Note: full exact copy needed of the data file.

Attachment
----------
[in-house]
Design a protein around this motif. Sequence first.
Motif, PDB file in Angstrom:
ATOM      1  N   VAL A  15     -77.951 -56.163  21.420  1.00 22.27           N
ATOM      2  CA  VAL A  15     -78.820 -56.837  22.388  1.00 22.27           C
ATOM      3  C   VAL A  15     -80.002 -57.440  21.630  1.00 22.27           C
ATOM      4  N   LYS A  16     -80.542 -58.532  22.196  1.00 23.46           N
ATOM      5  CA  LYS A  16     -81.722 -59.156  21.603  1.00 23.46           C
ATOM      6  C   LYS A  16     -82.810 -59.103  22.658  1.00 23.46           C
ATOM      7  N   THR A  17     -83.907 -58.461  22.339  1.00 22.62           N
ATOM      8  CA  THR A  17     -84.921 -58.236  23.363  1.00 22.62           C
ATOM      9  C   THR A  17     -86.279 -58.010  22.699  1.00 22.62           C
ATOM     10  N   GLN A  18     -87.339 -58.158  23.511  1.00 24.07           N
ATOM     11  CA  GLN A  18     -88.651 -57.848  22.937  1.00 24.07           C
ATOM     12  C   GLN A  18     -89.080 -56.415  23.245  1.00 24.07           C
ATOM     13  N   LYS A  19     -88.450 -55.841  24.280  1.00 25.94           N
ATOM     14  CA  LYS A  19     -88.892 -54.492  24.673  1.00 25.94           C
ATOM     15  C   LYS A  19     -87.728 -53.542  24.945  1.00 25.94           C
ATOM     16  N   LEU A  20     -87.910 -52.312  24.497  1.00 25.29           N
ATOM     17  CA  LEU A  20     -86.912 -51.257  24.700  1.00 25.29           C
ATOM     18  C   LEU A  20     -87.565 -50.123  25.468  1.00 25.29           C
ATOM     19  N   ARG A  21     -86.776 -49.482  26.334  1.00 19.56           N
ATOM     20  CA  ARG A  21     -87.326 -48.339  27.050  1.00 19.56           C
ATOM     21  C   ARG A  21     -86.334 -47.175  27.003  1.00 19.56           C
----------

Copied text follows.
[in-house]
Design a protein around this motif. Sequence first.
Motif, PDB file in Angstrom:
ATOM      1  N   VAL A  15     -77.951 -56.163  21.420  1.00 22.27           N
ATOM      2  CA  VAL A  15     -78.820 -56.837  22.388  1.00 22.27           C
ATOM      3  C   VAL A  15     -80.002 -57.440  21.630  1.00 22.27           C
ATOM      4  N   LYS A  16     -80.542 -58.532  22.196  1.00 23.46           N
ATOM      5  CA  LYS A  16     -81.722 -59.156  21.603  1.00 23.46           C
ATOM      6  C   LYS A  16     -82.810 -59.103  22.658  1.00 23.46           C
ATOM      7  N   THR A  17     -83.907 -58.461  22.339  1.00 22.62           N
ATOM      8  CA  THR A  17     -84.921 -58.236  23.363  1.00 22.62           C
ATOM      9  C   THR A  17     -86.279 -58.010  22.699  1.00 22.62           C
ATOM     10  N   GLN A  18     -87.339 -58.158  23.511  1.00 24.07           N
ATOM     11  CA  GLN A  18     -88.651 -57.848  22.937  1.00 24.07           C
ATOM     12  C   GLN A  18     -89.080 -56.415  23.245  1.00 24.07           C
ATOM     13  N   LYS A  19     -88.450 -55.841  24.280  1.00 25.94           N
ATOM     14  CA  LYS A  19     -88.892 -54.492  24.673  1.00 25.94           C
ATOM     15  C   LYS A  19     -87.728 -53.542  24.945  1.00 25.94           C
ATOM     16  N   LEU A  20     -87.910 -52.312  24.497  1.00 25.29           N
ATOM     17  CA  LEU A  20     -86.912 -51.257  24.700  1.00 25.29           C
ATOM     18  C   LEU A  20     -87.565 -50.123  25.468  1.00 25.29           C
ATOM     19  N   ARG A  21     -86.776 -49.482  26.334  1.00 19.56           N
ATOM     20  CA  ARG A  21     -87.326 -48.339  27.050  1.00 19.56           C
ATOM     21  C   ARG A  21     -86.334 -47.175  27.003  1.00 19.56           C